Thermal IR analyzers are used to monitor temperatures and fuel levels, while Broadband IR analyzers provide a generalized overview of the composition of a material. Vibrational IR spectroscopies are used to study molecular vibrations; however, these techniques are often sensitive to environmental conditions.
As such, some samples need to be cryogenically frozen to retain this vibrational information. Raman spectroscopy is most typically used for identifying the molecular bonds present in a given material (e.g., plastic vs. metal), but it can also be used for detecting elemental contaminants, explosives, or bacteria. A near-infrared region of the electromagnetic spectrum, which ranges from 700 nm – 1 μm (1 mm = 10 μm) is best suited for detecting chemical composition.
Spectrophotometers measure the intensity of light at different wavelengths within the infrared portion of the electromagnetic spectrum. Most instruments measure four points: 2500 cm-1 (microwave region), 4000 cm-1, 600 cm-1, and 1800 cm-1 (near infrared).
Infrared radiation is detected by an optical detector that generates an electrical signal proportional to light absorption as a function of wavelength. The results are displayed as a graph with peaks corresponding to certain frequencies.
So how do they work?
FTIR spectrometers are very intuitive and easy to use. When using a frequency-domain method for measuring the chemical makeup of materials, requires a sample, an infrared beam, and a detector with a grating monochromator. You can learn how to use these instruments with just a few quick steps.
First, you need to obtain your target material in either solid or liquid form. Next, set up the instrument by filling the sample cup and zeroing any frequencies that are not needed by adjusting the attenuation knob. Start collecting data by placing your target material within the focus of the infrared beam.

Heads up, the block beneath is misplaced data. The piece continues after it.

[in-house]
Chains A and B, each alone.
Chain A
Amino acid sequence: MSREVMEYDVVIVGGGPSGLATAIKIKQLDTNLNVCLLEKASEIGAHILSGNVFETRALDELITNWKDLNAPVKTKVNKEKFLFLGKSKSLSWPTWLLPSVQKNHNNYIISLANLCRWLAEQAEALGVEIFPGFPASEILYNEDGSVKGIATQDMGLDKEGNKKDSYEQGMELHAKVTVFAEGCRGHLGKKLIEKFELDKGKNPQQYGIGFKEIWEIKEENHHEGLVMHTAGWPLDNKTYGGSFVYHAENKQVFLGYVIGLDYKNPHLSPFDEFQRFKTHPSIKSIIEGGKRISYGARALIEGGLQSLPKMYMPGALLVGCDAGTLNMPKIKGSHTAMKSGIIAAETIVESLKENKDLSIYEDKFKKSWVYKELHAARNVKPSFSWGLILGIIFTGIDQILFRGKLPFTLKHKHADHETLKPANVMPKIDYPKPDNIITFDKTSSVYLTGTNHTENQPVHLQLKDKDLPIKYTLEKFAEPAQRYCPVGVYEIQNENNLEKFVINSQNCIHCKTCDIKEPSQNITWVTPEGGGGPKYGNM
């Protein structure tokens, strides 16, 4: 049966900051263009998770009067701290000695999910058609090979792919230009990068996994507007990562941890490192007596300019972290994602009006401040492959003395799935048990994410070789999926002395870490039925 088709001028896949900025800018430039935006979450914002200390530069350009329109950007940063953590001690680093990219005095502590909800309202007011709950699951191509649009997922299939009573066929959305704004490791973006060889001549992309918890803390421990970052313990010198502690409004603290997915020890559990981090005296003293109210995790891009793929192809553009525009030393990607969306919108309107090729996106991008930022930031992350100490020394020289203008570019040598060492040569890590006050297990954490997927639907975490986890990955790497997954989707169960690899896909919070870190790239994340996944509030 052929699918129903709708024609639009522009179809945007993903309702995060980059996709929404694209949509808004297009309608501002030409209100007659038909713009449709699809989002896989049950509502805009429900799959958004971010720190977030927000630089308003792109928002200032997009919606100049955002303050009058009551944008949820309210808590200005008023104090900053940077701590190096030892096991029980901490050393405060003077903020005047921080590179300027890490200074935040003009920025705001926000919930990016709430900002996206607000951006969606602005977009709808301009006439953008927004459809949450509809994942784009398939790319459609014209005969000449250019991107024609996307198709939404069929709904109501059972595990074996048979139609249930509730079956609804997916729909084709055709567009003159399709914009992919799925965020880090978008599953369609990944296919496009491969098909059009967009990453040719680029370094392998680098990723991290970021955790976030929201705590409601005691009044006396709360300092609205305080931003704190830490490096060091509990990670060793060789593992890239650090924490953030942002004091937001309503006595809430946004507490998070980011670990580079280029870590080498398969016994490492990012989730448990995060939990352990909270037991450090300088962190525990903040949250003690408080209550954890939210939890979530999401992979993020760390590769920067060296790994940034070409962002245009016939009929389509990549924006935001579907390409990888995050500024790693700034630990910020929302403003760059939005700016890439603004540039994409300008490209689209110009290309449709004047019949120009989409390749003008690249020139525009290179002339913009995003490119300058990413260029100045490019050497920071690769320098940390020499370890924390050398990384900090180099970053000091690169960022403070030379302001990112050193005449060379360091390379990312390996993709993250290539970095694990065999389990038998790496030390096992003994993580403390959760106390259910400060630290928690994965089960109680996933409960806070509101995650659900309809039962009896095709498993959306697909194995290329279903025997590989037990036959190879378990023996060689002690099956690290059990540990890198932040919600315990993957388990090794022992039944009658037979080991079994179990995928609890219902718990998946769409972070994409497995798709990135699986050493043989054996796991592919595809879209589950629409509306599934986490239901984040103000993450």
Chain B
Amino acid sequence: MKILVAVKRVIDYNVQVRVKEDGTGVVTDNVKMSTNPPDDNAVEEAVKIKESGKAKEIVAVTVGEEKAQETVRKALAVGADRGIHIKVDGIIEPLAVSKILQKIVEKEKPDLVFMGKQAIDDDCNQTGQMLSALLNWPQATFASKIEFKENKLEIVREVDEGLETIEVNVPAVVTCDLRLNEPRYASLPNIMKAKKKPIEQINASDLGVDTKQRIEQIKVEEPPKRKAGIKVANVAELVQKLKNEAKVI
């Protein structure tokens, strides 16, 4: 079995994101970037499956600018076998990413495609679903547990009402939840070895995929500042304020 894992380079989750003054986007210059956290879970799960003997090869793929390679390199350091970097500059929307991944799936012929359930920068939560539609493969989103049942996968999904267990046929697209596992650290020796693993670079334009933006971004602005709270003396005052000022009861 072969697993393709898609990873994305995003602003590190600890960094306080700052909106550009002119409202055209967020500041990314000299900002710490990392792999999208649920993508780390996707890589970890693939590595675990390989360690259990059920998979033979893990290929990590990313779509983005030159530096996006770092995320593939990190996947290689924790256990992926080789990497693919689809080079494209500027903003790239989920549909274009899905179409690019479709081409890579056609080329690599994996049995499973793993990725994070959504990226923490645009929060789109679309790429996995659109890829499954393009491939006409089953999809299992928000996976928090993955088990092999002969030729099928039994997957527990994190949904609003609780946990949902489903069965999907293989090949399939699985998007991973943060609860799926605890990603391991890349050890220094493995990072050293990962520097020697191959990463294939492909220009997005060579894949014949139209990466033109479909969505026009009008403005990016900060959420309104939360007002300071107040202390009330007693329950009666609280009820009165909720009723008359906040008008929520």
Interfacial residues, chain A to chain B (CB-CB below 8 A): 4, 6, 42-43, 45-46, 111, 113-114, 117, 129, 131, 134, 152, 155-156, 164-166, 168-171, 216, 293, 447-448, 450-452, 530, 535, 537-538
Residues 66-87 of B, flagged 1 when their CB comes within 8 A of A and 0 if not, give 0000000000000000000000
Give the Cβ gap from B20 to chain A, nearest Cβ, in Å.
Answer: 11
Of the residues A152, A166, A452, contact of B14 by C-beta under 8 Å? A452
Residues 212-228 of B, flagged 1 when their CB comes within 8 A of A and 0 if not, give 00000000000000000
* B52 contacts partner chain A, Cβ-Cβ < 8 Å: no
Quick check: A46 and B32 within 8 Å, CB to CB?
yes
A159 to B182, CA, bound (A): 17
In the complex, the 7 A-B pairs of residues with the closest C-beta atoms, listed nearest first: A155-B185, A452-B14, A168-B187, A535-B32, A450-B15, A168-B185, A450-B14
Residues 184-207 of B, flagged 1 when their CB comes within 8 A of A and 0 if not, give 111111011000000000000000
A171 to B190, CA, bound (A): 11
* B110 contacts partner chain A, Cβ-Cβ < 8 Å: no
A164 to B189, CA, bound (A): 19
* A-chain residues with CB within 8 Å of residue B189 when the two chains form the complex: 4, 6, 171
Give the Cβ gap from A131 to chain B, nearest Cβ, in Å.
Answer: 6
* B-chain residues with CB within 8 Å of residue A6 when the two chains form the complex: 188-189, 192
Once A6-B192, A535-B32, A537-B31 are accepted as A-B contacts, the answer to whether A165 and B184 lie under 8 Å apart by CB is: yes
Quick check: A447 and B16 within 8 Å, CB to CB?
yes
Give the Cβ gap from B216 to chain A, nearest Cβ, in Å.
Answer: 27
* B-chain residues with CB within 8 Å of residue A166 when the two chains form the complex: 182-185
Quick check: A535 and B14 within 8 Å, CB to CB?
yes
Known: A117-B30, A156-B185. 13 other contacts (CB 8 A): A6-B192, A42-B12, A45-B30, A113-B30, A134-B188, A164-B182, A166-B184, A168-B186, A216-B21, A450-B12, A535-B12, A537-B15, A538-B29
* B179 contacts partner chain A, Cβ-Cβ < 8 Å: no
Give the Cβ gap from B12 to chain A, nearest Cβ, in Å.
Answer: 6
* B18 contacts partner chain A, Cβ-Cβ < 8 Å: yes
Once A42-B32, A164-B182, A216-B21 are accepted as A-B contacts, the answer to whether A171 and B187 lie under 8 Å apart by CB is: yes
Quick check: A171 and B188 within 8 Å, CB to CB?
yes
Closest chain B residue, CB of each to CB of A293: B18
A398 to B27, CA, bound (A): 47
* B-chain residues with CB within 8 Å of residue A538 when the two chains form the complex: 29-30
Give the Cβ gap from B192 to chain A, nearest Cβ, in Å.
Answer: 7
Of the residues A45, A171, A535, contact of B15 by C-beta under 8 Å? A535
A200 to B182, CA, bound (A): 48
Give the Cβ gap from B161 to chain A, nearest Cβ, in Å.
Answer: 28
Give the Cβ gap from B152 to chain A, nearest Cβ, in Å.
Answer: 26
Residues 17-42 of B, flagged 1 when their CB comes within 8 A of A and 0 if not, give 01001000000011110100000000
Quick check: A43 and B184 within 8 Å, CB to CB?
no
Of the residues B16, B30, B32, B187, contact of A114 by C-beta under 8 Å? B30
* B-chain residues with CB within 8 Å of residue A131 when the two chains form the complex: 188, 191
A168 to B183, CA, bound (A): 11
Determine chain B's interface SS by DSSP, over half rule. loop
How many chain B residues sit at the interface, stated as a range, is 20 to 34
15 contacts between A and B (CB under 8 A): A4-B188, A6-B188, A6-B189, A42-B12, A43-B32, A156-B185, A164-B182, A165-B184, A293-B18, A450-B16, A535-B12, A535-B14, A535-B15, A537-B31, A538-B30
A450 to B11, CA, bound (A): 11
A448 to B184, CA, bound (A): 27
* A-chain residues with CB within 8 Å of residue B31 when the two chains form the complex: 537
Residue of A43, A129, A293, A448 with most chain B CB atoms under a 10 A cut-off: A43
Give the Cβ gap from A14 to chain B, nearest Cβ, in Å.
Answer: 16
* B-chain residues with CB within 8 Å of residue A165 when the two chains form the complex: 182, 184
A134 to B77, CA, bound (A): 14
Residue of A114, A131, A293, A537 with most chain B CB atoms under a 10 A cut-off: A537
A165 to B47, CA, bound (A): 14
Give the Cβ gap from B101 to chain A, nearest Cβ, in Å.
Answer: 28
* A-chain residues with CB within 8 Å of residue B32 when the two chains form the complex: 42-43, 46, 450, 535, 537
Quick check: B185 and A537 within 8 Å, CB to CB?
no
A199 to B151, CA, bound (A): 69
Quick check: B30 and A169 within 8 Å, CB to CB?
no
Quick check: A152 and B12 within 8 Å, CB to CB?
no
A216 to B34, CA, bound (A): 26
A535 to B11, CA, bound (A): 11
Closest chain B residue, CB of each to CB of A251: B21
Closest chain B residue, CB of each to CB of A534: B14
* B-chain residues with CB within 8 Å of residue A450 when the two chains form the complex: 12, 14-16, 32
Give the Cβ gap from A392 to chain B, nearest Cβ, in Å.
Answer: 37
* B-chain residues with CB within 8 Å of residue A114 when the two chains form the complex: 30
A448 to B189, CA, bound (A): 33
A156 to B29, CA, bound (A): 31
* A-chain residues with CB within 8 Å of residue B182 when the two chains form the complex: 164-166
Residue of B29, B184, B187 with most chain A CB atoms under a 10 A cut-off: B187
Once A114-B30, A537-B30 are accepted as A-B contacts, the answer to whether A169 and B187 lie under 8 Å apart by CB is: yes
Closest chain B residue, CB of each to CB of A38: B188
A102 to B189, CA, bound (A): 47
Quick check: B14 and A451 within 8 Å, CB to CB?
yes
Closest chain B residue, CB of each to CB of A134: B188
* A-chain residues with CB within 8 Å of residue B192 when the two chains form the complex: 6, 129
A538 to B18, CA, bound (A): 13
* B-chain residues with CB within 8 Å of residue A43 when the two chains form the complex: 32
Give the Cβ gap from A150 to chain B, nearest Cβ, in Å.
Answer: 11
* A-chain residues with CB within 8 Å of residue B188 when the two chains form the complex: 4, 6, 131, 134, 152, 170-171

The beam will scatter off the surface of the material and come into contact with the grating monochromator which splits this beam into its different wavelengths. The detector then collects all those wavelengths and converts them into a digital signal which is then translated onto a graph as spikes on one axis representing wavelength, height along another axis representing intensity.
Main uses for IR spectrometers
IR spectrometers are used in many different ways and there are different types of spectrometers depending on the intended use. Generally, there are two main types of IR spectrometers: handheld and benchtop.
Handheld IRs can be used by individuals to monitor a variety of situations in the field without having to leave the site, or they can be purchased for personal research or study. Benchtop IRs are typically used for scientific or industrial applications but some can also work at room temperature for educational demonstrations.
In conclusion, there are many important steps to take when using FTIR spectroscopy instruments. But these steps can be completed and the benefits derived through utilizing this technology. These benefits are product verification, quality assurance, better forecasting, material optimization and production line control. The implementation of such a system may be both expensive as well as complex but it is also very valuable to streamline business operations and provide a more cost-effective form of quality assurance testing that saves time and money.